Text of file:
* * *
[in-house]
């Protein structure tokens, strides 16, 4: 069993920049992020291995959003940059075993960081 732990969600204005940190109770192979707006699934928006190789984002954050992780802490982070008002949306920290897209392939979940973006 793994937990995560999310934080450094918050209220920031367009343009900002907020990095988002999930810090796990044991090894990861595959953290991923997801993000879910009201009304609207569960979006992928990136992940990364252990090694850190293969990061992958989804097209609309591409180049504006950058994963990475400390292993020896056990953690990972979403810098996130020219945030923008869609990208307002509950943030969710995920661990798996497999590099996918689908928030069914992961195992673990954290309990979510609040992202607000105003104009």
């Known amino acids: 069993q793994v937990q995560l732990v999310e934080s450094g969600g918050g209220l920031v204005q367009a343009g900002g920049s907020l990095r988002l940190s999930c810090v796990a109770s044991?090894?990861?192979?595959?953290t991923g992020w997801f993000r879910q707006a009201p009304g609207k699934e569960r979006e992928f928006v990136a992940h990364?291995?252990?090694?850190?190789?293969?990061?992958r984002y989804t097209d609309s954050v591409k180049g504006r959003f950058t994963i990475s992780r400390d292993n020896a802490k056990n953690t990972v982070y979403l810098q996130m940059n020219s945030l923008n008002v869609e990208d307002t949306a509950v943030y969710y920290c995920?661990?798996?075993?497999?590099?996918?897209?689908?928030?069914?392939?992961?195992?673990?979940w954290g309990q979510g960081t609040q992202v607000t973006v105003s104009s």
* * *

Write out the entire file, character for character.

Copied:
[in-house]
């Protein structure tokens, strides 16, 4: 069993920049992020291995959003940059075993960081 732990969600204005940190109770192979707006699934928006190789984002954050992780802490982070008002949306920290897209392939979940973006 793994937990995560999310934080450094918050209220920031367009343009900002907020990095988002999930810090796990044991090894990861595959953290991923997801993000879910009201009304609207569960979006992928990136992940990364252990090694850190293969990061992958989804097209609309591409180049504006950058994963990475400390292993020896056990953690990972979403810098996130020219945030923008869609990208307002509950943030969710995920661990798996497999590099996918689908928030069914992961195992673990954290309990979510609040992202607000105003104009």
């Known amino acids: 069993q793994v937990q995560l732990v999310e934080s450094g969600g918050g209220l920031v204005q367009a343009g900002g920049s907020l990095r988002l940190s999930c810090v796990a109770s044991?090894?990861?192979?595959?953290t991923g992020w997801f993000r879910q707006a009201p009304g609207k699934e569960r979006e992928f928006v990136a992940h990364?291995?252990?090694?850190?190789?293969?990061?992958r984002y989804t097209d609309s954050v591409k180049g504006r959003f950058t994963i990475s992780r400390d292993n020896a802490k056990n953690t990972v982070y979403l810098q996130m940059n020219s945030l923008n008002v869609e990208d307002t949306a509950v943030y969710y920290c995920?661990?798996?075993?497999?590099?996918?897209?689908?928030?069914?392939?992961?195992?673990?979940w954290g309990q979510g960081t609040q992202v607000t973006v105003s104009s």